These myths make people who want to adopt a dog to steer away from senior dogs, when in fact these things cannot be farther from the truth. 

    Here are 7 truths to debunk these myths– 7 benefits of adopting a senior dog.

    7 Benefits of adopting a senior dog

    They were already housebroken

    Although they are adorable, puppies may be challenging, especially when it comes to housebreaking. Senior dogs don't have that issue because they are usually already housetrained and have lived with other humans. 

    According to experts, older dogs are usually potty-trained and already learned basic cues like sit, stay, come, and down. Adopting a dog that has already been trained allows pet owners to save time used for training a younger dog. 

    You can bring your new senior dog straight into your home with less mess and no worries! 

    They’re calmer and less destructive

    Senior dogs are usually calmer because much of their energy was spent during their puppyhood.  Puppies are overflowing with energy and often destructive, while senior dogs have grown out of those habits. 

    This may not be true for every dog since there will always be those who don't want to stop playing. However, for the majority of dogs, as they age, their desire for play lowers and they're less energetic during the day.

    • Your furniture is safe - Older dogs cause less to no destruction since they are less eager to explore everything or chew on carpets, furniture, or shoes. Senior dogs are more likely to be laid-back since they outgrew their previous habits and are done with the teething stage.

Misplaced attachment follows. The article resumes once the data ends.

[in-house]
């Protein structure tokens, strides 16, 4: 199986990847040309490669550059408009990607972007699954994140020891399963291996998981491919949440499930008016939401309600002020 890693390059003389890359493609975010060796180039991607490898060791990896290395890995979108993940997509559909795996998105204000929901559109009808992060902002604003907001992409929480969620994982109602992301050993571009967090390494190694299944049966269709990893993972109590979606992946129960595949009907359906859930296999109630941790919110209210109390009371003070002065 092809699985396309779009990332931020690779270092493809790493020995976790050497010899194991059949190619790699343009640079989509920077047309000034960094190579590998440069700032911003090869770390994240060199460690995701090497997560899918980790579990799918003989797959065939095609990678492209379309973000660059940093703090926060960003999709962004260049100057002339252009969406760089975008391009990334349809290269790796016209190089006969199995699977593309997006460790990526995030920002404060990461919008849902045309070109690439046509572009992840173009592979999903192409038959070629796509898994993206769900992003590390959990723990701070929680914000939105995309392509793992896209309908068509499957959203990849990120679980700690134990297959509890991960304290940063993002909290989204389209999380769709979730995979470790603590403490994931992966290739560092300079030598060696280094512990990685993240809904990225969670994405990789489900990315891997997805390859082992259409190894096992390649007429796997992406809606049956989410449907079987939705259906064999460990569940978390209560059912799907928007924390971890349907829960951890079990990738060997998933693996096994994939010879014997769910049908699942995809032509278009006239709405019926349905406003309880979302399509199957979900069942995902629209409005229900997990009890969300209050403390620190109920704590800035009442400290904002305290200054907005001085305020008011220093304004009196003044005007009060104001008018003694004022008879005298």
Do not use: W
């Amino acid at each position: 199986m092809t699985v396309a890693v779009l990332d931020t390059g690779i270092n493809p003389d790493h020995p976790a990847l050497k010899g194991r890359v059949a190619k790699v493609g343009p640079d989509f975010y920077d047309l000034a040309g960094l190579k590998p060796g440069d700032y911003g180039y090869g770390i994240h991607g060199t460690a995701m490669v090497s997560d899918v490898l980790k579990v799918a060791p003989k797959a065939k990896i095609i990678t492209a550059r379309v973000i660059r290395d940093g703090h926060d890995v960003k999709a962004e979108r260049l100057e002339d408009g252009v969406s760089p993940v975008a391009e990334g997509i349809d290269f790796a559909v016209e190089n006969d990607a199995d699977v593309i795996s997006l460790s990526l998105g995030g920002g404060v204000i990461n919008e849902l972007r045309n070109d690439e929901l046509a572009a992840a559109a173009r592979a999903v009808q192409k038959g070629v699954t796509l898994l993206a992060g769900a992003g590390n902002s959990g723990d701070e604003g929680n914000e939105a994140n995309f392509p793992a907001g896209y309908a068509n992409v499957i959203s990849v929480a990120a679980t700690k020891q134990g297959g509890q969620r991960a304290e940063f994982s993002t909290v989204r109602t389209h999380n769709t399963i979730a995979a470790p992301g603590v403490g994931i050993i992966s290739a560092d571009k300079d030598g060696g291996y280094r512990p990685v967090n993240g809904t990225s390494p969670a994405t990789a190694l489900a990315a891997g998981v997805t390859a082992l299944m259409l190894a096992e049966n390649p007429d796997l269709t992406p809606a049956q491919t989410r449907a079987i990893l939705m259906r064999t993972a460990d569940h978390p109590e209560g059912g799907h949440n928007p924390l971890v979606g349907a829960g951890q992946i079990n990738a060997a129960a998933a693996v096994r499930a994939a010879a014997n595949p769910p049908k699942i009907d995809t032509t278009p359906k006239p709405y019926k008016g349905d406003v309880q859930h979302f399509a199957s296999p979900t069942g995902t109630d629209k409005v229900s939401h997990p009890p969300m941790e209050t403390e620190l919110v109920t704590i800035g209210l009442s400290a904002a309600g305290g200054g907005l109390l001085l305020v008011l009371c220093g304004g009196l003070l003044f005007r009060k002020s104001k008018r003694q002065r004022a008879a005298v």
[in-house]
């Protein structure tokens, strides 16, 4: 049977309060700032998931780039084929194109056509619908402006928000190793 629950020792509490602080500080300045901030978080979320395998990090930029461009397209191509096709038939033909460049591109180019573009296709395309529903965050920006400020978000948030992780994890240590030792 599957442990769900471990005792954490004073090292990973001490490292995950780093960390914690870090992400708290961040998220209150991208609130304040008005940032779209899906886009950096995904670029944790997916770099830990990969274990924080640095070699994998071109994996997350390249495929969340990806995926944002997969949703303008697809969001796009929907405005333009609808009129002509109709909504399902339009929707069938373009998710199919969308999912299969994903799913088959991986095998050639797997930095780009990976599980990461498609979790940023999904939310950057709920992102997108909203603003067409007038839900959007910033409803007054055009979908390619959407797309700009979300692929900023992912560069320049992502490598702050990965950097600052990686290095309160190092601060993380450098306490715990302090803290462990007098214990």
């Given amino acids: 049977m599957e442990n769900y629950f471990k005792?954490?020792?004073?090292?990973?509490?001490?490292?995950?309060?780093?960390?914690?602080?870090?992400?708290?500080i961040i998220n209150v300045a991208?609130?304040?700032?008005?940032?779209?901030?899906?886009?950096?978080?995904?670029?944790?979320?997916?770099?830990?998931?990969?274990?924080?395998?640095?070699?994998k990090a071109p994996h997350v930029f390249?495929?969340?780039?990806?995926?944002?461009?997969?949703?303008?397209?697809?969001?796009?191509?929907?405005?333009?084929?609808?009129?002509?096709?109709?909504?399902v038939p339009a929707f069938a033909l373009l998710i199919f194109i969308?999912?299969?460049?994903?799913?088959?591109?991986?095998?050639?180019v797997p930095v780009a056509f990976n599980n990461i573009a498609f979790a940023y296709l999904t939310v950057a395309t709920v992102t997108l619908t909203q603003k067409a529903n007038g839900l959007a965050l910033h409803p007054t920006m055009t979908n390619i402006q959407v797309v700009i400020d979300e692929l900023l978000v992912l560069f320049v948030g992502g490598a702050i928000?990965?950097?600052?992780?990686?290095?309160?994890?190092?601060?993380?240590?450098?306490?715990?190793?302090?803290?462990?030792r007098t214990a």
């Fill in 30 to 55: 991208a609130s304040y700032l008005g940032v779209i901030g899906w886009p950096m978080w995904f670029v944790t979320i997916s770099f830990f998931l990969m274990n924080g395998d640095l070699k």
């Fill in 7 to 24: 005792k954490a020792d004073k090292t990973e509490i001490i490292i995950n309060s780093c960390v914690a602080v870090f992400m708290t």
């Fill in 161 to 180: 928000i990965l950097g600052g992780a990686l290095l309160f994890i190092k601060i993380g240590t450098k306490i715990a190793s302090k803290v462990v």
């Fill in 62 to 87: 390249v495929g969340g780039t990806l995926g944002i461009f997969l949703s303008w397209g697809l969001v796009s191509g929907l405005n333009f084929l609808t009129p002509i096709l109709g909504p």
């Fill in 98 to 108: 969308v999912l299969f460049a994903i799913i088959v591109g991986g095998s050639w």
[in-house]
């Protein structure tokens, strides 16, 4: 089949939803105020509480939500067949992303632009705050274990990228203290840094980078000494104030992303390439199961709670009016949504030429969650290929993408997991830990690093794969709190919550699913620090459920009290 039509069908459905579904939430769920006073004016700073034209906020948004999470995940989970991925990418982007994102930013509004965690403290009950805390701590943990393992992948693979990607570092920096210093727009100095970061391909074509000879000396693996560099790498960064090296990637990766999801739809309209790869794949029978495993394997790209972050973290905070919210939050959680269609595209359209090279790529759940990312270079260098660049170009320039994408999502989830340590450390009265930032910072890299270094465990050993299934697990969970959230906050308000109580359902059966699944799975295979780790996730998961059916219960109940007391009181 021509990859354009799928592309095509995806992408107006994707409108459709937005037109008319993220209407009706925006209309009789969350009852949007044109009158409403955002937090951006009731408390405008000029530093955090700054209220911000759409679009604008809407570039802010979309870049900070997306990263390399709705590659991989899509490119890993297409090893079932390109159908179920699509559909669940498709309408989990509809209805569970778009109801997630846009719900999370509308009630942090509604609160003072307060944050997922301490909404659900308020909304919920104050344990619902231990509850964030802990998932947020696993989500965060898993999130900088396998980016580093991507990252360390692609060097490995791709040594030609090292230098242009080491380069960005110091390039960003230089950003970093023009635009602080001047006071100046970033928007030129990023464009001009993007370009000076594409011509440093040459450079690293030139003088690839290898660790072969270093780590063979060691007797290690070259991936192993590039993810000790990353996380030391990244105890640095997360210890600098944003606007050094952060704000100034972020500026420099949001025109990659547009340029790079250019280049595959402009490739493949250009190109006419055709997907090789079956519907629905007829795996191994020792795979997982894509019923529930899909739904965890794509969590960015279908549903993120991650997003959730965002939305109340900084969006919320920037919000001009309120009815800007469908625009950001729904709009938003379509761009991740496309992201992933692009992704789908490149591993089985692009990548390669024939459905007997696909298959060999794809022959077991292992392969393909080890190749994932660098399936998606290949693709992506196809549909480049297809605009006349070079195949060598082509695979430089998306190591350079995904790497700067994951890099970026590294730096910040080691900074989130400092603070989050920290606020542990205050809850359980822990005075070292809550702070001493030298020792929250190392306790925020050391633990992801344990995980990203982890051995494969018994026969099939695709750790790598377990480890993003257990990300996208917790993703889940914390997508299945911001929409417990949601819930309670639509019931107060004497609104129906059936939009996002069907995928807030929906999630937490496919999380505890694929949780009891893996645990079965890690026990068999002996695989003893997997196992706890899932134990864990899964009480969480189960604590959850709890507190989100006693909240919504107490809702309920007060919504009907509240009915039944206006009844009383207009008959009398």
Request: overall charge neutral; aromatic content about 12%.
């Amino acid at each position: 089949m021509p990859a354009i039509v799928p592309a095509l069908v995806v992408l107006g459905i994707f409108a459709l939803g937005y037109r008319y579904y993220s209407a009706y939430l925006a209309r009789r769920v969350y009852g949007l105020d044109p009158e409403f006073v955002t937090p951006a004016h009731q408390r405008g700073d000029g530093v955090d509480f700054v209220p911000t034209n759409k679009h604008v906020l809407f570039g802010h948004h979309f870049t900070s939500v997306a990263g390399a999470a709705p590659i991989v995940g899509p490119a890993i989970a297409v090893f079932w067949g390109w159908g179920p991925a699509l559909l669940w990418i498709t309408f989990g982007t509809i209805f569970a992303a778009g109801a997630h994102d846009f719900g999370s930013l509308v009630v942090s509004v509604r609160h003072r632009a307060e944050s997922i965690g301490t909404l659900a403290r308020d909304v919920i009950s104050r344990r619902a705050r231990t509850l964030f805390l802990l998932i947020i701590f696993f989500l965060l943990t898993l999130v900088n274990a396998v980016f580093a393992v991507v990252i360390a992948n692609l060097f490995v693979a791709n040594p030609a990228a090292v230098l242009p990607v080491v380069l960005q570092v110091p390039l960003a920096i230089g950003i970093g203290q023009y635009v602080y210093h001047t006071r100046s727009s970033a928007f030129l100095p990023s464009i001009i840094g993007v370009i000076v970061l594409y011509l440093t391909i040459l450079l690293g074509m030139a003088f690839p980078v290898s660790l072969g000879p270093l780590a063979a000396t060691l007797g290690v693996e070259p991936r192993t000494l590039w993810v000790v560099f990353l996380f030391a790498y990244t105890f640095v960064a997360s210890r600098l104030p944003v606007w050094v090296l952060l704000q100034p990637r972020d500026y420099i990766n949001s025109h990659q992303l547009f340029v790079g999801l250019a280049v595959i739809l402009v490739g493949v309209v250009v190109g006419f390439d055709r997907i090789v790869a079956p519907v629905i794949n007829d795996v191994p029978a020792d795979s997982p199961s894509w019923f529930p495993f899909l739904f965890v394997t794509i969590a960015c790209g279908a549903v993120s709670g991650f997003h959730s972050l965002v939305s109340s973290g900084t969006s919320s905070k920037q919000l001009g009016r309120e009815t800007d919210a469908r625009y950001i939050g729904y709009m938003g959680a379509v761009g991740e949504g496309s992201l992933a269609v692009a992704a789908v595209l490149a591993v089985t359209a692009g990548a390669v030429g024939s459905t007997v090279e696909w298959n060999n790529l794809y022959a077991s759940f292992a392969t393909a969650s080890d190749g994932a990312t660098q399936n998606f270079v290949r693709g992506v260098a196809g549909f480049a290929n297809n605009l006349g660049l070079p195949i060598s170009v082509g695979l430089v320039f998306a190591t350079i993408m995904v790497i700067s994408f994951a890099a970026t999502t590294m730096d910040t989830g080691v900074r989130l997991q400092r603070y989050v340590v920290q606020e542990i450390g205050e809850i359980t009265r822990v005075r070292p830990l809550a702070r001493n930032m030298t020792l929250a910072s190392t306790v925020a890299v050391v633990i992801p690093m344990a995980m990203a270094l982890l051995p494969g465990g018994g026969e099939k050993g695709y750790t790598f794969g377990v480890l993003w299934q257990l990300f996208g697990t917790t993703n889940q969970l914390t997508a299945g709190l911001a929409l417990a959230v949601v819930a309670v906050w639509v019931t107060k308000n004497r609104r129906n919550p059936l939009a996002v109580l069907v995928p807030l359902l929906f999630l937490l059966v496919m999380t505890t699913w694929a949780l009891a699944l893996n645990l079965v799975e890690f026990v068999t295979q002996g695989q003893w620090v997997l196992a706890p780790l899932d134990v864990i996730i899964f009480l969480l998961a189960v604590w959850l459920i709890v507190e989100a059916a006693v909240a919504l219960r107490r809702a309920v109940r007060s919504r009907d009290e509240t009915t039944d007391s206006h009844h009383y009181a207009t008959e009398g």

• They have better manners - Dogs with calmer attitudes usually behave better than younger, more energetic dogs. Older dogs benefit from their previous socialisations with both dogs and people, making them more likely to have positive interactions in the future. Additionally, older dogs probably had some form of obedience training, which helped them be more polite.
    • They need less supervision - As mentioned above, because senior dogs have grown out of their bad habits and are typically calmer, they need less supervision from you. A senior  dog is content to relax by your side.

    They can instantly form a deep connection with you

    You and your senior dog can have a strong bond just like a young puppy. When you save an older dog, it seems as though they understand right away that this wonderful new human saved them and transformed their lives forever.

    Many adopters agree that adopted senior dogs are aware of how lucky they are and they're grateful for the second chance at happiness their new owner has given them. From their perspective, life is excellent, and they are appreciative of additional attention, extra cuddling time, and extra treats.

    They learn new tricks faster